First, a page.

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MGA trajectory planning with an ACO-inspired algorithm

Ceriotti, M. and Vasile, M. (2010) MGA trajectory planning with an ACO-inspired algorithm. Acta Astronautica, 67 (9-10). pp. 1202-1217. ISSN 0094-5765

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Abstract

Given a set of celestial bodies, the problem of finding an optimal sequence of swing-bys, deep space manoeuvres (DSM)and transfer arcs connecting the elements of the set is combinatorial in nature. The number of possible paths grows exponentially with the number of celestial bodies. Therefore, the design of an optimal multiple gravity assist (MGA) trajectory is a NP-hard mixed combinatorial-continuous problem. Its automated solution would greatly improve the design of future space missions, allowing the assessment of a large number of alternative mission options in a short time. This work proposes to formulate the complete automated design of a multiple gravity assist trajectory as an autonomous planning and scheduling problem. The resulting scheduled plan will provide the optimal planetary sequence and a good estimation of the set of associated optimal trajectories. The trajectory model consists of a sequence of celestial bodies connected by twodimensional transfer arcs containing one DSM. For each transfer arc, the position of the planet and the spacecraft, at the time of arrival, are matched by varying the pericentre of the preceding swing-by, or the magnitude of the launch excess velocity, for the first arc. For each departure date, this model generates a full tree of possible transfers from the departure to the destination planet. Each leaf of the tree represents a planetary encounter and a possible way to reach that planet. Analgorithm inspired by Ant Colony Optimization (ACO) is devised to explore the space of possible plans. The ants explore the tree from departure to destination adding one node at the time: every time an ant is at a node, a probability function is used to select a feasible direction. This approach to automatic trajectory planning is applied to the design of optimal transfers to Saturn and among the Galilean moons of Jupiter. Solutions are compared to those found through more traditional genetic-algorithm techniques.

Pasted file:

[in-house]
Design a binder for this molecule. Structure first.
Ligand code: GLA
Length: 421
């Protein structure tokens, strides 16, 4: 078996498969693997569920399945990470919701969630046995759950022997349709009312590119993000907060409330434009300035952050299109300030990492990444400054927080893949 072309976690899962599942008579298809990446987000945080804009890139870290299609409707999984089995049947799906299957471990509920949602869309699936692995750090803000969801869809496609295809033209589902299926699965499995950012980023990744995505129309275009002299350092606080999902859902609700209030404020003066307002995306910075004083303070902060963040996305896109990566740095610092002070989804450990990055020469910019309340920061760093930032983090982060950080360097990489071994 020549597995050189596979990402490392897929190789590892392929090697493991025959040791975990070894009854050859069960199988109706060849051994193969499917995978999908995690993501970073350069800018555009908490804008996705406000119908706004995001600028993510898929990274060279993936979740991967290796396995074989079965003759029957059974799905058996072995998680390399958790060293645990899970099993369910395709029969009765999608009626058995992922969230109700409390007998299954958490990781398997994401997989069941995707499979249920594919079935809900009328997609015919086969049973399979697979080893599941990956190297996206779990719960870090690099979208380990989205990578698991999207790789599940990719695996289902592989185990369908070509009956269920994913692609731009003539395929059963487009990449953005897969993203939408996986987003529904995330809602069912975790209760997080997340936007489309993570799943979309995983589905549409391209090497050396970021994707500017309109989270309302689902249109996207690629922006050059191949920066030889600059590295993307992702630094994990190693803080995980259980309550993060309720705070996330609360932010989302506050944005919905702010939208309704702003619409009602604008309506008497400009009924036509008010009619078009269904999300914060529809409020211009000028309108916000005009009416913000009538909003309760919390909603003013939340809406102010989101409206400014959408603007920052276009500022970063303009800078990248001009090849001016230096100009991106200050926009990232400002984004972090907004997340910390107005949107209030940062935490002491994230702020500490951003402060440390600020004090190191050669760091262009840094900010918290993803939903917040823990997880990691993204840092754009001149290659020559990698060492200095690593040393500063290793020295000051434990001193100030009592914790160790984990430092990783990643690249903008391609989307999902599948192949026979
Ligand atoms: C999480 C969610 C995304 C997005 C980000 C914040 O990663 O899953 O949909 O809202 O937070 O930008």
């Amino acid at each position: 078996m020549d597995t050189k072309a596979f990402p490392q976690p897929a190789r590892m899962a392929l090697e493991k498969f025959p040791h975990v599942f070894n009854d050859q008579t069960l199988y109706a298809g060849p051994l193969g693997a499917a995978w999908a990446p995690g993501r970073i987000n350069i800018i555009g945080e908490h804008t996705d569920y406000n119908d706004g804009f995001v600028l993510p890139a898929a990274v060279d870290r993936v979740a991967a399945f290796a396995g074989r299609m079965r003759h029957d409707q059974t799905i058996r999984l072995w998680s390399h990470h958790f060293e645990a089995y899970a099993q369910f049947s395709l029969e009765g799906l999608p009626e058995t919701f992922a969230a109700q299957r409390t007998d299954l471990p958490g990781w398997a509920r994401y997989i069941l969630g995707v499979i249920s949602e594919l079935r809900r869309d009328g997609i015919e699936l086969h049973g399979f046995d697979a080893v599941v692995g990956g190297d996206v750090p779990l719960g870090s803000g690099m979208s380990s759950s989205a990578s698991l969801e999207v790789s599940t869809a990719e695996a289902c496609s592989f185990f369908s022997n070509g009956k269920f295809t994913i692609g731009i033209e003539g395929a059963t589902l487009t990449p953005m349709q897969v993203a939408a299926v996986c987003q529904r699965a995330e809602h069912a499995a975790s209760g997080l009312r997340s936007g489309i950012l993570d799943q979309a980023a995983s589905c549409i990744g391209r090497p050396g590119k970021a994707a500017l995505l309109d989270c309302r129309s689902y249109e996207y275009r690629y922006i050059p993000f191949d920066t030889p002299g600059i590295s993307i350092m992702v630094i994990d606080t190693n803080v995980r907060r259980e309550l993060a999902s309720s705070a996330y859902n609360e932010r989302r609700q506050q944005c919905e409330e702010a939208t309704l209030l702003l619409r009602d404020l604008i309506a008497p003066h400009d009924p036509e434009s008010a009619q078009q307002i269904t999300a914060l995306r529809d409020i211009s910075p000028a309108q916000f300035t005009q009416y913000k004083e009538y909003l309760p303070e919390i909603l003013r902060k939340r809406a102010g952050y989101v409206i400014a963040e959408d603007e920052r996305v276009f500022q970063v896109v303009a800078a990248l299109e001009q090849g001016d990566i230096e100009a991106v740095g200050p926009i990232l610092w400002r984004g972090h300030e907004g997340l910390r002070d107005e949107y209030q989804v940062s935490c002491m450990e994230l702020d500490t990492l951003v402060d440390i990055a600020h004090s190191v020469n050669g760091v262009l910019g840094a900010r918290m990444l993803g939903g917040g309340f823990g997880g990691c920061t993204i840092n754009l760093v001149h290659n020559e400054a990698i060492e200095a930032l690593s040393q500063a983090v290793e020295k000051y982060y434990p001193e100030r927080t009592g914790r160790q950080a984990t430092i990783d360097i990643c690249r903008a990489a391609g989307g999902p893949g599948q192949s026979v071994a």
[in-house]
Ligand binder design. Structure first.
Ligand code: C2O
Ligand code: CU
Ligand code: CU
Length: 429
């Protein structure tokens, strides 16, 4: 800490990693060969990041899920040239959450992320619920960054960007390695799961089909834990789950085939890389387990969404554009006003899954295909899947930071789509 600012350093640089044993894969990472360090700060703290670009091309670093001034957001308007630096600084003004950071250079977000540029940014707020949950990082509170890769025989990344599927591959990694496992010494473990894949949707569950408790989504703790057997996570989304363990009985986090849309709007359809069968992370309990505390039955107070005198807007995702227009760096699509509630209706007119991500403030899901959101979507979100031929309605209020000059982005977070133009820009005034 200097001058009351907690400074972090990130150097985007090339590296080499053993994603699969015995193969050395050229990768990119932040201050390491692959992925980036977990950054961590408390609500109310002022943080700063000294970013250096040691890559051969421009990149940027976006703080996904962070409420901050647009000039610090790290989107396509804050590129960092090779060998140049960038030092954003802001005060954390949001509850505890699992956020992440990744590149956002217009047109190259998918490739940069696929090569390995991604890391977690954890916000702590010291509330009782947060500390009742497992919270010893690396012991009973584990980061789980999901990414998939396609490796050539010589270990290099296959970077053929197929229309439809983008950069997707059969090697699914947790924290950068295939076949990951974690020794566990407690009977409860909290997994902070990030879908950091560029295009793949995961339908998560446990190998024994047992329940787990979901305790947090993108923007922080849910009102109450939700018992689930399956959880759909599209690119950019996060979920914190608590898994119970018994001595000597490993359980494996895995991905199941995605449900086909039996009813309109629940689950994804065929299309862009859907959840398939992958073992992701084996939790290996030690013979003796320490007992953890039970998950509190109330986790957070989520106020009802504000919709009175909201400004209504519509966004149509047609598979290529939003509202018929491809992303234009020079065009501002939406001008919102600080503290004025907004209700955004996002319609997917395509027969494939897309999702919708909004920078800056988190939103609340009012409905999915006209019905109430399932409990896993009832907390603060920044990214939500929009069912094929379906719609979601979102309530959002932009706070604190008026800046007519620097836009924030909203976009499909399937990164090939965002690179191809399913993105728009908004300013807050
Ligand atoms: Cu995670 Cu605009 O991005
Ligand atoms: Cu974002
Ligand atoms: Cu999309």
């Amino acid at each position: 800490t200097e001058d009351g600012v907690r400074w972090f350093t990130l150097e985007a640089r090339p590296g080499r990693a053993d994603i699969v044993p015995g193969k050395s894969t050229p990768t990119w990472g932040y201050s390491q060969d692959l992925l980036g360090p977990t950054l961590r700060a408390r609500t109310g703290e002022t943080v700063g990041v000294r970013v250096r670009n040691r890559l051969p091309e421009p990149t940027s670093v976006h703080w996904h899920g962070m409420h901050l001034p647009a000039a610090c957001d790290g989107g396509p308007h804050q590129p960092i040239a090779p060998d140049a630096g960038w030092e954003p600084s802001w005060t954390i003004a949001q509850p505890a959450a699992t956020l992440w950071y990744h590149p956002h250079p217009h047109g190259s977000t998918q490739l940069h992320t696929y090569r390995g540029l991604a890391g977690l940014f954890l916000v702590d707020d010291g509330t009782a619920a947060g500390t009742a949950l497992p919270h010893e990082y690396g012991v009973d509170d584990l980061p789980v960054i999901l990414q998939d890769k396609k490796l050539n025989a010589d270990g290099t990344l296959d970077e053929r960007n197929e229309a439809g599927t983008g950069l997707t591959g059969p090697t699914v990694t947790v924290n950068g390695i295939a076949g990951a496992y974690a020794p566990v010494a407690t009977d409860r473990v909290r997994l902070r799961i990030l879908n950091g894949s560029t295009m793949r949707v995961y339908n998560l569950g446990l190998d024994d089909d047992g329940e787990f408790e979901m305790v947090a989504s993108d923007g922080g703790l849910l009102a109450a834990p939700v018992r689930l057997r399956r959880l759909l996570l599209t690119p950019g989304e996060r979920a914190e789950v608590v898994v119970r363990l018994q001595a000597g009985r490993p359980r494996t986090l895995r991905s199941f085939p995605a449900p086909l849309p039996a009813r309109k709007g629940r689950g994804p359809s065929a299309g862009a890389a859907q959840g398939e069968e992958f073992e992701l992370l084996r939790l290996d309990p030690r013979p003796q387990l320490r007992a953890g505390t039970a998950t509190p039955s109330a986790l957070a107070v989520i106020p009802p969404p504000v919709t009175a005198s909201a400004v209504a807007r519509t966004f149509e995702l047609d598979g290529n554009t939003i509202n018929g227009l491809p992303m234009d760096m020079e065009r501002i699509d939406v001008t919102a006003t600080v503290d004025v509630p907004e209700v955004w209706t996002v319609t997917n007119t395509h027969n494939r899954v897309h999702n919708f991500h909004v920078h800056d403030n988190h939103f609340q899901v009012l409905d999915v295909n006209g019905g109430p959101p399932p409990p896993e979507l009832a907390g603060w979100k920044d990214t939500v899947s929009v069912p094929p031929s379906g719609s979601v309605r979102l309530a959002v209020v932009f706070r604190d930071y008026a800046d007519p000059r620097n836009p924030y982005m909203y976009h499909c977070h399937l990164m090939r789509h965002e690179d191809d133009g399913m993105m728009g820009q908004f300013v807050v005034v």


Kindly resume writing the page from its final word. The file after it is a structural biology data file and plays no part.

Item type: Article
ID code: 26351
Keywords: multiple gravity assist, interplanetary trajectory design, ant colony optimization, planning, optimization, Mechanical engineering and machinery, Motor vehicles. Aeronautics. Astronautics, Mechanical Engineering, Aerospace Engineering, Control and Systems Engineering, Computational Mechanics, Artificial Intelligence
Subjects: Technology > Mechanical engineering and machinery
Technology > Motor vehicles. Aeronautics. Astronautics
Department: Faculty of Engineering > Mechanical and Aerospace Engineering
Depositing user: Ms Katrina May
Date Deposited: 21 Jul 2010 09:28
Last modified: 22 Aug 2015 02:19
Related URLs:
URI: http://strathprints.strath.ac.uk/id/eprint/26351

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